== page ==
“This was a company that was really ‘ready, aim, fire.’ They took chances; they took risks. Real, educated risk-taking is a fair way to put it. And it was true marketing,” Shanks says. “What was the difference between Coke and Pepsi? Really, it was the marketing.”
Shanks, now a partner at Grip in Toronto, looks back daily at what he learned working on that business from 1989 to 1997. “It was such a great client-agency relationship that it becomes the benchmark as you go forward. That’s what I want to replicate [in] our agency structure and the way we think. It all goes back to the Pepsi business.”
Youth has been a central theme of the advertising from the start. Recently, “Be Young.  Have Fun. Drink Pepsi.” and “GeneratioNext” of the ’90s became “For Those Who Think Young” and “The Joy of Pepsi-Cola.”
Like its cheer campaigns in 2009, Pepsi’s upcoming 2010 Canadian marketing effort, with the tagline “Every Pepsi Refreshes the World,” reflects youthful exuberance and optimism. The current agency roster includes creative agencies BBDO Toronto, Capital C, TBWA and  Mark IV; media agency OMD Canada; digital agency Proximity Canada; promotional agencies OSL and CIM/Launch!; PR shops Praxis, High Road Communications and Fleishman-Hillard; lifestyle agencies SDI and Jetstar; and design shop Shikatani Lacroix.
The “Pepsi Refresh Project” is set to launch mid-April, says Hooper. It is designed to ignite and share the positive energy of the brand at the speed of the new digital culture, while enabling positive change around the world.
The next evolution of the “Joy it Forward” campaign, Hooper says the project is not about a big change-the-world moment, but rather a lot of small acts making the world a better place.
“This will be accomplished by awarding Refresh grants ranging from $5,000 to 100,000. Nine or 10 grants will be awarded every other month for 12 months. Everything this year is going to be about this program because it’s so big,” says Hooper.
Pepsi will give over $1 million in grants to Canadian community groups who submit an online application along with a business plan, timeline and budget detailing how they plan to move the world forward in one of six categories: the planet, neighbourhoods, education, health, arts & culture and food & shelter. Recipients will be provided with financial resources as well as a mentor or coach to help ensure all the projects are completed.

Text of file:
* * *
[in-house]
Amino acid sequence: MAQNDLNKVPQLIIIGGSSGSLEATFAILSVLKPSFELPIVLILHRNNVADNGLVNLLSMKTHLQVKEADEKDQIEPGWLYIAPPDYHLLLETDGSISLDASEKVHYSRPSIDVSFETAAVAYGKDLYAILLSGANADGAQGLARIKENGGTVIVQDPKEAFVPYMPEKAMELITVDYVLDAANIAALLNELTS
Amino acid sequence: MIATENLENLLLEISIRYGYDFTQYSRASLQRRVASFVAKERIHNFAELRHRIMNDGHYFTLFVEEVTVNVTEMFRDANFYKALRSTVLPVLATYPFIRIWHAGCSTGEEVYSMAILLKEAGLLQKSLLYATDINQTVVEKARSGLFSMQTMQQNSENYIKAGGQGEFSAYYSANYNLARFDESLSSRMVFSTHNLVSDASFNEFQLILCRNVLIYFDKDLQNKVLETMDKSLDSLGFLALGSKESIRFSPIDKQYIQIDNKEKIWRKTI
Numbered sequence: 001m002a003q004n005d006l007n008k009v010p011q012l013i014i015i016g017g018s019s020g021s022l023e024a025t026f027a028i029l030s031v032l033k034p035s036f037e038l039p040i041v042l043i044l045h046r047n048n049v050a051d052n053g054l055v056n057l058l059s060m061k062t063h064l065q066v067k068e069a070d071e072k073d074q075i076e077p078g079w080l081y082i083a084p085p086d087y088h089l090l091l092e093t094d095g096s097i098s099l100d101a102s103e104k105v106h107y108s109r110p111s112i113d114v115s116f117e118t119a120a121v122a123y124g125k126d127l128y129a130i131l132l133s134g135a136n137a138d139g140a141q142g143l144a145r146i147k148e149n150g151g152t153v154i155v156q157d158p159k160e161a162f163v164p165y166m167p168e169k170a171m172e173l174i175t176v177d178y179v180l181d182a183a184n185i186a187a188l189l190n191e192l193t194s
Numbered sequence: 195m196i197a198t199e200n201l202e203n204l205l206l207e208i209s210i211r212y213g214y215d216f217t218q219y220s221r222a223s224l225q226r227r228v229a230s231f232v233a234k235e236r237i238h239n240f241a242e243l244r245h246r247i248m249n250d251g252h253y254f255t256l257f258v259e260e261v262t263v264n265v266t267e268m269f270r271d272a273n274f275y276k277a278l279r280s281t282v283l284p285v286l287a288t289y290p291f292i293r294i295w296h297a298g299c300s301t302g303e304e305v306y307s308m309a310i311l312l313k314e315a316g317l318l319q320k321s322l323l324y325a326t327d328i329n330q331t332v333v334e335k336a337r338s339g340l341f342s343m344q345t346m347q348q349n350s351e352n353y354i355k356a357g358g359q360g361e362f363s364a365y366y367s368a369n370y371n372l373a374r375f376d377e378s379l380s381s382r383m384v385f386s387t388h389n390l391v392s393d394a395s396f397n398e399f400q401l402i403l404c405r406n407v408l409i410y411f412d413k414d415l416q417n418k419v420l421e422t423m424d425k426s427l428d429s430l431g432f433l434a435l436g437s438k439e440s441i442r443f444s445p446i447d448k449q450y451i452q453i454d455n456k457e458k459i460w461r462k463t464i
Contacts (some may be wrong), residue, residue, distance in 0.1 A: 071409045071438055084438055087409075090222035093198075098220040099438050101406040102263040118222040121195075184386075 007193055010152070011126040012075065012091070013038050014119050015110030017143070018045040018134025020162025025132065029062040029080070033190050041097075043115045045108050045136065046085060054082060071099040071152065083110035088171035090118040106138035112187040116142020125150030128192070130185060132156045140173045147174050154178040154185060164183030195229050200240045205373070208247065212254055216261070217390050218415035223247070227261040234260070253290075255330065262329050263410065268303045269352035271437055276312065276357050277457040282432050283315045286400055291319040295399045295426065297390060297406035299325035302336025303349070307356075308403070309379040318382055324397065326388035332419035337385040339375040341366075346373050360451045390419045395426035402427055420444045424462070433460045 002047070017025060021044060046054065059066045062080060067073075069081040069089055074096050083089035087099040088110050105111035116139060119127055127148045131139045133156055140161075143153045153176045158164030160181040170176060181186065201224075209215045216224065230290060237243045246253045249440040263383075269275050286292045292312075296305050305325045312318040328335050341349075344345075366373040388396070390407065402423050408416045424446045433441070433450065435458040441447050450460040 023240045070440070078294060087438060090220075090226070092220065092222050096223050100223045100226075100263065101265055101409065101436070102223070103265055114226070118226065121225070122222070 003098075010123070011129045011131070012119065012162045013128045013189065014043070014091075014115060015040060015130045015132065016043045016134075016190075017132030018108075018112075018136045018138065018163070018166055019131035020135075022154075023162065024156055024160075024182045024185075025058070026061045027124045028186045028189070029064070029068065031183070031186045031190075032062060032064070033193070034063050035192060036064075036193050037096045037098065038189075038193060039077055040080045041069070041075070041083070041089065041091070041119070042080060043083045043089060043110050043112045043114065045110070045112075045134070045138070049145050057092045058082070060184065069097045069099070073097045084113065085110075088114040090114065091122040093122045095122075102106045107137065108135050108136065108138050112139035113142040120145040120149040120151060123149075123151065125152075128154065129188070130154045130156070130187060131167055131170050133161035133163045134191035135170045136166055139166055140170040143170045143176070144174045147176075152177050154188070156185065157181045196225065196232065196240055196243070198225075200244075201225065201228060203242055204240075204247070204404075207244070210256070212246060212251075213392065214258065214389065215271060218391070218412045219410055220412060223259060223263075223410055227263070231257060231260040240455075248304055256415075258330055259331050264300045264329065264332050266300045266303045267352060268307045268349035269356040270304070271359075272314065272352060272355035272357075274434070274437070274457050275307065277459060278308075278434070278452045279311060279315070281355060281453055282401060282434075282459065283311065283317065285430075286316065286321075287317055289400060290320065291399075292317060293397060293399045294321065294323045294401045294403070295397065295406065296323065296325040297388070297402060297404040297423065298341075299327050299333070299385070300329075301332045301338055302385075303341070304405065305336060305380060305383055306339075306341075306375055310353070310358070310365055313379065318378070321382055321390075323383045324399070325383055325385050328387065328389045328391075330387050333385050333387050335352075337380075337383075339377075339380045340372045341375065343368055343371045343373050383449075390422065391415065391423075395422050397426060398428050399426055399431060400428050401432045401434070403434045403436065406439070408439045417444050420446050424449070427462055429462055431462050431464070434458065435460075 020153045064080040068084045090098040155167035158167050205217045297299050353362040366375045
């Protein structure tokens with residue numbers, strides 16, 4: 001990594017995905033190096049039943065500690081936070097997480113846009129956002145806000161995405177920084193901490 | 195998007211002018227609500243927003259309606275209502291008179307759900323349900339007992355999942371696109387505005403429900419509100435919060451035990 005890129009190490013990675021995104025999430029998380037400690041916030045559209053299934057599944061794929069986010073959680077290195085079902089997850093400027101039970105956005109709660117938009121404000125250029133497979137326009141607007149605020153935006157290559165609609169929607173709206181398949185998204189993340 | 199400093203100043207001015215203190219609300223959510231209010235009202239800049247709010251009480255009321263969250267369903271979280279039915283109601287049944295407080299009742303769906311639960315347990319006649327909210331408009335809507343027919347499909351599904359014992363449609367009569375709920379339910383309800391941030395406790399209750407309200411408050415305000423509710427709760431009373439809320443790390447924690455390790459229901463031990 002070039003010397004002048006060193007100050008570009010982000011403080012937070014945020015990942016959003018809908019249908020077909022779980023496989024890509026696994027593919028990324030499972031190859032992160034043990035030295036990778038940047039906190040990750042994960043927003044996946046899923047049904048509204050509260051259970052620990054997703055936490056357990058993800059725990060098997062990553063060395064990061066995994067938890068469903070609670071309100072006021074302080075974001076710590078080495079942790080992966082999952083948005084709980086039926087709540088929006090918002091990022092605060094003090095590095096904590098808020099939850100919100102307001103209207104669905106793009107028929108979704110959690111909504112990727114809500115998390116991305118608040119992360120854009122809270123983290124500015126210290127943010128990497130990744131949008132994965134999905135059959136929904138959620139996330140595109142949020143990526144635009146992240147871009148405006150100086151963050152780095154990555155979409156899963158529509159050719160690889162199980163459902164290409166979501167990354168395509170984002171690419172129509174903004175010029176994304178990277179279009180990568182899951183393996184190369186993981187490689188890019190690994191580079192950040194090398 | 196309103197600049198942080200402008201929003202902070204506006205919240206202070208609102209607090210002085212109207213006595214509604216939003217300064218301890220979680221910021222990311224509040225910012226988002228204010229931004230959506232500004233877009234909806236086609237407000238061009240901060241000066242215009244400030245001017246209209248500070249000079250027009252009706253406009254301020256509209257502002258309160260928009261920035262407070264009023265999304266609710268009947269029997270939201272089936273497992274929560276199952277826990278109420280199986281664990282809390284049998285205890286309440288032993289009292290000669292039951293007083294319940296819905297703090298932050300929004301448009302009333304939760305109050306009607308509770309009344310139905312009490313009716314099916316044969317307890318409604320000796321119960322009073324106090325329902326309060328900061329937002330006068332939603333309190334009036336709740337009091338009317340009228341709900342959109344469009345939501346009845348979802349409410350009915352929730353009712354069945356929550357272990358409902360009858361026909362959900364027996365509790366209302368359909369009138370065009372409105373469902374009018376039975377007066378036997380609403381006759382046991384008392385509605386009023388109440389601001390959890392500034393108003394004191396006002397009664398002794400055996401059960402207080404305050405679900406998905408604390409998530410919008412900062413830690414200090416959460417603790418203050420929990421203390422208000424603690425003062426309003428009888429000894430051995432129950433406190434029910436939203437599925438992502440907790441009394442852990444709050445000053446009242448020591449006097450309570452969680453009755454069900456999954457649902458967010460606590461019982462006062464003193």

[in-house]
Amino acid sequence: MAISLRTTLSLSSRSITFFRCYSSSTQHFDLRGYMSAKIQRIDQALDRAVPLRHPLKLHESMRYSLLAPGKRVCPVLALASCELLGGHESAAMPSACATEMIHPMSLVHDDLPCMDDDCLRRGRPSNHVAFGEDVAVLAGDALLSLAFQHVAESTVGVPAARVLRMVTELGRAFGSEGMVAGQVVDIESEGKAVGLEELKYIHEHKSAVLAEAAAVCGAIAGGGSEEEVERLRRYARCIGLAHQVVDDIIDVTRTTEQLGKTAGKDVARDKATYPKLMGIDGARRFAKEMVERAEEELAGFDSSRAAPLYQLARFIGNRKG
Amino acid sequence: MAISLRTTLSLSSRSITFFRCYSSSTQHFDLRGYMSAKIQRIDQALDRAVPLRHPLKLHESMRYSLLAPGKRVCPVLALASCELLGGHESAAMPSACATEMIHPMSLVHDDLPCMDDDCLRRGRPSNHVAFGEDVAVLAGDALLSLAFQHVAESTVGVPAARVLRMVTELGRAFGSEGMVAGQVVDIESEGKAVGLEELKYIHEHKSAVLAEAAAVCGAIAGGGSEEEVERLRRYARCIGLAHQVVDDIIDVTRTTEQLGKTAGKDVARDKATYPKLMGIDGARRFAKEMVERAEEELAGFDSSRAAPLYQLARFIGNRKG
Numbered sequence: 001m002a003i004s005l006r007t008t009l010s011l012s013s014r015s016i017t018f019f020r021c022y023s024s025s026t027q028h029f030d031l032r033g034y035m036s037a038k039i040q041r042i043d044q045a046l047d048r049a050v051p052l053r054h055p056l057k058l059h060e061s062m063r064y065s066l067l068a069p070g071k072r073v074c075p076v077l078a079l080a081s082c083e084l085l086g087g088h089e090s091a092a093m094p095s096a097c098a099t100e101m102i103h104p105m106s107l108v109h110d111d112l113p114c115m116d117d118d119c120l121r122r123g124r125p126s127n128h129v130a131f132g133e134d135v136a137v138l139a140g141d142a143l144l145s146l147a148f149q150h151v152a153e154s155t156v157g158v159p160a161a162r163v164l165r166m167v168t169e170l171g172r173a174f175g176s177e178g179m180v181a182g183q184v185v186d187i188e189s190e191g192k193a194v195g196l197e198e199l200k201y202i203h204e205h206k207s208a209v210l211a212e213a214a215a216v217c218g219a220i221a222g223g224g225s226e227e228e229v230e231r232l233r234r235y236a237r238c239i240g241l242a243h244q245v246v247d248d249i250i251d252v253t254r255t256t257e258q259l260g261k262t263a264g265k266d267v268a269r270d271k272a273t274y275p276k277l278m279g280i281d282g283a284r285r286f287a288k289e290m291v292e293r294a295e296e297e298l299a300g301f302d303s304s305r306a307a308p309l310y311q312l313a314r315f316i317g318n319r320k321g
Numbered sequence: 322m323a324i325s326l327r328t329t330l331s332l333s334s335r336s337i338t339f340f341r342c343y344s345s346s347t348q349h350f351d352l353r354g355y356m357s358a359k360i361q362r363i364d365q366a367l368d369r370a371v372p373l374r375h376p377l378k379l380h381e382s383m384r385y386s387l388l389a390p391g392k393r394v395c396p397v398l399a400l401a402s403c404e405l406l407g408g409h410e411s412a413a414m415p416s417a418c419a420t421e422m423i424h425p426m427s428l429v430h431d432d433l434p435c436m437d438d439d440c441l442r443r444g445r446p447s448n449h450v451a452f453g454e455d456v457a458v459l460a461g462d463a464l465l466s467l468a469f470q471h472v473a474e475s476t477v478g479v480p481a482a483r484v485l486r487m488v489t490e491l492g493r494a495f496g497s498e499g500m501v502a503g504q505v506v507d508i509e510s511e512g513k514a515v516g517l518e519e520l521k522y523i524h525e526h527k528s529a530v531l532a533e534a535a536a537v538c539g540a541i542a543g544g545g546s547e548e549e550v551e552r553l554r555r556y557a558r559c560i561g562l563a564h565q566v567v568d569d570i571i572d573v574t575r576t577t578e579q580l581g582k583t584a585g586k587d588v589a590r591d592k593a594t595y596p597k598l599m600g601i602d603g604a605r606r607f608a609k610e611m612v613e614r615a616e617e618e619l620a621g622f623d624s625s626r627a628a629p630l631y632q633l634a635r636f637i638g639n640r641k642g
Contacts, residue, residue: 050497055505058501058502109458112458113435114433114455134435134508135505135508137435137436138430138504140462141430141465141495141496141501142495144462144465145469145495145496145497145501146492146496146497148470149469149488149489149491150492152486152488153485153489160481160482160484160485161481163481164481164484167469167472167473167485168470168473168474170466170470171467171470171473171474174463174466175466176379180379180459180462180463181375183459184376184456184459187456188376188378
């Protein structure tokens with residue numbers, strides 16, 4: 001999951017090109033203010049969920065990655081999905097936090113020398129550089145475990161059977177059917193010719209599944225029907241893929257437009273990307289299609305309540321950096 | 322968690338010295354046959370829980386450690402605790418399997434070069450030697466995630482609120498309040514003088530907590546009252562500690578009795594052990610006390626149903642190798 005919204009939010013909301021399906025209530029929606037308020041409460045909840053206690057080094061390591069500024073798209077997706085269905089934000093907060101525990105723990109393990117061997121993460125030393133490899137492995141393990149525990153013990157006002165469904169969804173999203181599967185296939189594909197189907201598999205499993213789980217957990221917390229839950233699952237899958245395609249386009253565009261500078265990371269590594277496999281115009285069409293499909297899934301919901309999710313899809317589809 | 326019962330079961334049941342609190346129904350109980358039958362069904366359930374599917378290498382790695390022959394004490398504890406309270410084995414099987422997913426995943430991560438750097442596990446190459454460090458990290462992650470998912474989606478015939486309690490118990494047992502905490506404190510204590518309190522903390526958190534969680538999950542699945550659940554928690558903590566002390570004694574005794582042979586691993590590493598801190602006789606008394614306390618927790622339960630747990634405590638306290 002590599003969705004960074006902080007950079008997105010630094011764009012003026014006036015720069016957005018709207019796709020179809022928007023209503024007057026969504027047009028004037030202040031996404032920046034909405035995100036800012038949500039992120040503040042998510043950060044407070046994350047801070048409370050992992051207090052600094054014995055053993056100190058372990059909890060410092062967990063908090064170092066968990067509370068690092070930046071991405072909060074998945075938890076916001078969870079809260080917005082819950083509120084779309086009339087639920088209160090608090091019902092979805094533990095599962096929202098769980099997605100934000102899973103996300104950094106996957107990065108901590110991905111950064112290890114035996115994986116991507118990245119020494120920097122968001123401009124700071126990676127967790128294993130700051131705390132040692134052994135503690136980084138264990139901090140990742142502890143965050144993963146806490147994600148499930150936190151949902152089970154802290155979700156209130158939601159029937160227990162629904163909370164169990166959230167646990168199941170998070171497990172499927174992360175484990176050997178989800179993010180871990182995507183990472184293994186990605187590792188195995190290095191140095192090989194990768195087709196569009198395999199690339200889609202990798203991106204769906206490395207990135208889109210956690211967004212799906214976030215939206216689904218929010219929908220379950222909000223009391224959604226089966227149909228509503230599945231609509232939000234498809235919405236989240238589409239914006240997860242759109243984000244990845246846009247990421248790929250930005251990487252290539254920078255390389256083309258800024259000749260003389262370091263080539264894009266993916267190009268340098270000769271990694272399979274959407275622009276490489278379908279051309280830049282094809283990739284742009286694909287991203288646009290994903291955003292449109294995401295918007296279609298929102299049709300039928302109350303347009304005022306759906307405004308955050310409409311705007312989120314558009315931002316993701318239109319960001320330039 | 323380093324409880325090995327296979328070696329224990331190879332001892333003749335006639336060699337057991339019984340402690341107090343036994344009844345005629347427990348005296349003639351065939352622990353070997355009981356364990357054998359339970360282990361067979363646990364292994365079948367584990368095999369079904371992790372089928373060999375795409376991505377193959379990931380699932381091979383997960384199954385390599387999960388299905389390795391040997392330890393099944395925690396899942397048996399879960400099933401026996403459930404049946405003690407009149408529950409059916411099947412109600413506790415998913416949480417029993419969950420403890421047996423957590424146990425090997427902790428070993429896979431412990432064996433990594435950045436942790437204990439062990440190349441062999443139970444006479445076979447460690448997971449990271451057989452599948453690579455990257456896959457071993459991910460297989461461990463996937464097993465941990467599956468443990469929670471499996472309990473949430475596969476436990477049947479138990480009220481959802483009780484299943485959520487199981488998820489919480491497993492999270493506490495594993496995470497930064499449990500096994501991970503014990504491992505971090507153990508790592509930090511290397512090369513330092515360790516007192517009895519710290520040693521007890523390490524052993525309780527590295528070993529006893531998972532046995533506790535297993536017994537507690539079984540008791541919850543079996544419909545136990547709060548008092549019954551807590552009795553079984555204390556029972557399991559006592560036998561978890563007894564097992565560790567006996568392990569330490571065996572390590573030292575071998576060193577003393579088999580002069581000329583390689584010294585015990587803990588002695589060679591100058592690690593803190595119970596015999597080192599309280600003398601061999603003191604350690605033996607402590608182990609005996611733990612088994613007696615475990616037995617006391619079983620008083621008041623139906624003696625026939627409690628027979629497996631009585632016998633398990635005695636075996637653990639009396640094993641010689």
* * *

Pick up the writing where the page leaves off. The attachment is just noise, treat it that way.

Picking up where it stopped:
A robust 360-degree advertising campaign for the “Pepsi Refresh Project” will span national TV and radio, OOH, digital and mobile advertising, POS, grassroots initiatives, public relations and social media.
Hooper says that, going forward, PepsiCo Beverages will be focusing on four key brands: Tropicana, Aquafina, Pepsi brand and Gatorade.
To broaden its offering as consumers began to look for more variety in their beverage choices, Pepsi acquired Tropicana in 1998 and then Quaker and Gatorade in 2001. The beverage division merged with the new businesses and was renamed Pepsi-QTG Canada. In 2008, the businesses were again reorganized and PepsiCo Beverages Canada was formed, encompassing over 5,000 staff.
The new Tropicana “Brighter Mornings for Brighter Days” campaign launched during the Olympic closing ceremonies, and there are new initiatives upcoming for key brands like 7Up and Amp energy drink.
Hooper says PepsiCo is always looking for the right offerings for consumers. Today, one focus is on healthy options and products that support active living. The Aquafina+ with Vitamins product is the first in Canada to offer a natural sweetener from the stevia plant, which brings the calorie count down from 100 to 10. Pepsi has also announced it will take sugary drinks out of schools worldwide by 2012, a change the industry has already made here.
“The world has changed,” he adds. “Teenagers today drink a lot more juice products than they did 10 years ago. We’re watching that trend and will continue to innovate, anticipate and respond.”

Jump to:

Timeline – Pepsi in Canada: the first 75 years

The Cola Wars – the Cherry Pepsi coup

Pepsi in Quebec – deep roots